The crisis is also being used as a pre-text for destroying public services. Any public service that promotes equality has been attacked with increasing intensity over the last two years. Sectors such as the university and community development have seen their funding cut, and at the same time are being strangled by bureaucratic control. The message is clear- the state only values narrowly defined economic activity, in other words, it only values what investors value.
With unbelievable cynicism we are told that the state simply does not have the resources to fund public services- that equality is a luxury we can’t afford. Yet the state’s lack of resources is a direct result of pumping our collective wealth into the bailout of the banks, the speculators and the financial system. The irrationality of this is revealed when we consider that while the state claims to have no money for public services it has effectively bought an empire of empty buildings. That is one resource the state does have.
But NAMA has been set up on the basis of the same narrow economic objectives that define the
state’s overall strategy. First of all, NAMA has bought the toxic debts (at inflated prices) rather than the buildings themselves. The vast majority of these debts will never be paid yet the speculators who own them still have a say in what happens to those buildings, while the citizens do not. In fact, NAMA is not subject to the Freedom of Information act and as such we’re not even able to access basic information about an agency which has gobbled up billions of euro of public money. Likewise, NAMA is limited to a few options in terms of the buildings it controls, each more irrational than the next and subject to the agreement of the developer in question. It can destroy a building, sell at a much reduced price or hold onto the building in the hope that we will return to the insanity of the property boom.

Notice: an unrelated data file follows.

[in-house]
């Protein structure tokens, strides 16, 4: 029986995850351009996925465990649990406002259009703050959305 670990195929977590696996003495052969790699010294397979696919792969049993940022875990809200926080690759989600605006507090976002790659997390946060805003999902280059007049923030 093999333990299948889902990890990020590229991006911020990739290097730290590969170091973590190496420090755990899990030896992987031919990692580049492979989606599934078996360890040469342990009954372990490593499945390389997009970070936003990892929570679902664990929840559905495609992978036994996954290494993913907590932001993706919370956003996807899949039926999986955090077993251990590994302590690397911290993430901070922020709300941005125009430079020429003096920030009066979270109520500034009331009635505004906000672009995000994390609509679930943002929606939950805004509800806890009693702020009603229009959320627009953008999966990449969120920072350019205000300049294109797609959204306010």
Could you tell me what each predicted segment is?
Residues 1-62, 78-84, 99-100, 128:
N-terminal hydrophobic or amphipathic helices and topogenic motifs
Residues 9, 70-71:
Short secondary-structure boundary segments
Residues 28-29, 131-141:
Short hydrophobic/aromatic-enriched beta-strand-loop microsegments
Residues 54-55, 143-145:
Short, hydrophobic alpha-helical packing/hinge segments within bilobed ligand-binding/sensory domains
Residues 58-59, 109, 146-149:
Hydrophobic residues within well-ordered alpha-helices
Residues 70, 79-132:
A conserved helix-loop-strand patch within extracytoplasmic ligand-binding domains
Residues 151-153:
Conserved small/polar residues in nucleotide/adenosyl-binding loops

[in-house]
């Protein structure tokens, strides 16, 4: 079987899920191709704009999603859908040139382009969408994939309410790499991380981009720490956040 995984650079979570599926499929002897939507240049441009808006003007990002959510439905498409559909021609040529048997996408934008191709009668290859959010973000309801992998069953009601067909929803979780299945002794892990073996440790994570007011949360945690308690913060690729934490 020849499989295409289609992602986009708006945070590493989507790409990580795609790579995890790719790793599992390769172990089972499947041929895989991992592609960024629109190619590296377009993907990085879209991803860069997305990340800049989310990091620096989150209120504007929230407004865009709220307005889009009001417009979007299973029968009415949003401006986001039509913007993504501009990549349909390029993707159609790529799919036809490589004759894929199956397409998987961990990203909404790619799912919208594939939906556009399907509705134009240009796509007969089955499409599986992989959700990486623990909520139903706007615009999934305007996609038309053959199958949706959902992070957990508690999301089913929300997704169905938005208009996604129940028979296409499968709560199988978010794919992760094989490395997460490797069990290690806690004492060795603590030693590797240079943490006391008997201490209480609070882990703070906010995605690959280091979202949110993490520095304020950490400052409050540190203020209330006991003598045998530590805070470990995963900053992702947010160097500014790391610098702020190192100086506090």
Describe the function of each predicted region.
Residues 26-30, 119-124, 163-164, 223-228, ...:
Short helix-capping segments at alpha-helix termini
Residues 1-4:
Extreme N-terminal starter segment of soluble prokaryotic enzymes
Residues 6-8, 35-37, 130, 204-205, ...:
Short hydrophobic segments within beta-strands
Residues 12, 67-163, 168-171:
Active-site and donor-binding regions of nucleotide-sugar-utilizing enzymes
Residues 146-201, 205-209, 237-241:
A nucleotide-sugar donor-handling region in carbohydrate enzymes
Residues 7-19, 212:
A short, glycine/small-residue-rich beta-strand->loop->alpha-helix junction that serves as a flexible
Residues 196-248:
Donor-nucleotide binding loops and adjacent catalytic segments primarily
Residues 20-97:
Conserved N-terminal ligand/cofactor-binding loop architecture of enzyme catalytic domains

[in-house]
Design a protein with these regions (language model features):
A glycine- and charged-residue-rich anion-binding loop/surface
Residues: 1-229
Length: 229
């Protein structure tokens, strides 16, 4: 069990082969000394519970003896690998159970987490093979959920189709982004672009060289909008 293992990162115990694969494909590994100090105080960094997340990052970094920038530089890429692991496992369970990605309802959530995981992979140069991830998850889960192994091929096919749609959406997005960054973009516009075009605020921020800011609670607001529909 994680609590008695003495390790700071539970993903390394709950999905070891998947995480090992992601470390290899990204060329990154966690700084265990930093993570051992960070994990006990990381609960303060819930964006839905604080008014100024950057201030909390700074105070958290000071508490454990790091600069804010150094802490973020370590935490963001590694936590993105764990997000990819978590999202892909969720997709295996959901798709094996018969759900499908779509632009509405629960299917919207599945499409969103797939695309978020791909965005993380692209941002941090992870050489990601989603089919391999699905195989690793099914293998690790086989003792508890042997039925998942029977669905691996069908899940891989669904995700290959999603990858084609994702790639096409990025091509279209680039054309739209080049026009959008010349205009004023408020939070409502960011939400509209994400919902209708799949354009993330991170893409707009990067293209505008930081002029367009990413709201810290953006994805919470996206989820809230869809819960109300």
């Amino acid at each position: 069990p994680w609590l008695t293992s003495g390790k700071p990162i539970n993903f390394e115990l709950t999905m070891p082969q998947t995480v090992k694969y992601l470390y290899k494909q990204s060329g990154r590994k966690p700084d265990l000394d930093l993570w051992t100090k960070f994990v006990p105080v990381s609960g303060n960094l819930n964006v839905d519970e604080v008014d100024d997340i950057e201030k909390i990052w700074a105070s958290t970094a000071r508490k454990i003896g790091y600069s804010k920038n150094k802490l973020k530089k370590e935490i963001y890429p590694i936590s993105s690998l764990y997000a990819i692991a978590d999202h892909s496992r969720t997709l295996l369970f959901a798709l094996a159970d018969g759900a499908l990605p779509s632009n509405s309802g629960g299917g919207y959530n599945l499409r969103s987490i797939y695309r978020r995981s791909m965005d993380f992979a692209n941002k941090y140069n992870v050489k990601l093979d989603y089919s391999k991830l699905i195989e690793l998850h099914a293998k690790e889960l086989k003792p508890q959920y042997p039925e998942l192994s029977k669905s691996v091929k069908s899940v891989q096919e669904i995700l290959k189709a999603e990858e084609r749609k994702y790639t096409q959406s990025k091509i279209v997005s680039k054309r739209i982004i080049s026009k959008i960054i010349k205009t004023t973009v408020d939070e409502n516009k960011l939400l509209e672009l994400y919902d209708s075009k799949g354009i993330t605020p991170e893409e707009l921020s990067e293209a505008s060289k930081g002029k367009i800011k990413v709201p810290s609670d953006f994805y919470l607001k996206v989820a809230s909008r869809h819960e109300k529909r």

This is a con. We don’t want to see public resources bailing out speculators and we don’t want to see a return to property speculation. Dublin has been used as a casino for long enough- it’s time it became a city. NAMA buildings should belong to everyone.
There is no justification for maintaining empty publicly owned buildings while the state slashes public services. We want to use the old Dublin City Arts building for independent educational and cultural projects open to everyone. In particular, we believe that because the university is being undermined, we need a space where education is based on equality and open to all, where teaching, learning and research can become a force for change, and where the bureaucracy, competition and corporatisation of the university are replaced by a collective, participative and empowering educational process. The project will be run collectively and democratically by anyone who wants to participate and will provide space for any projects who want to organize educational or cultural activities. We are especially hopeful that the space will be a resource for those excluded from education and from the city in general.
The NAMA legislation was made by the Dáil- but what the Dáil does the people can undo.
This building belongs to everyone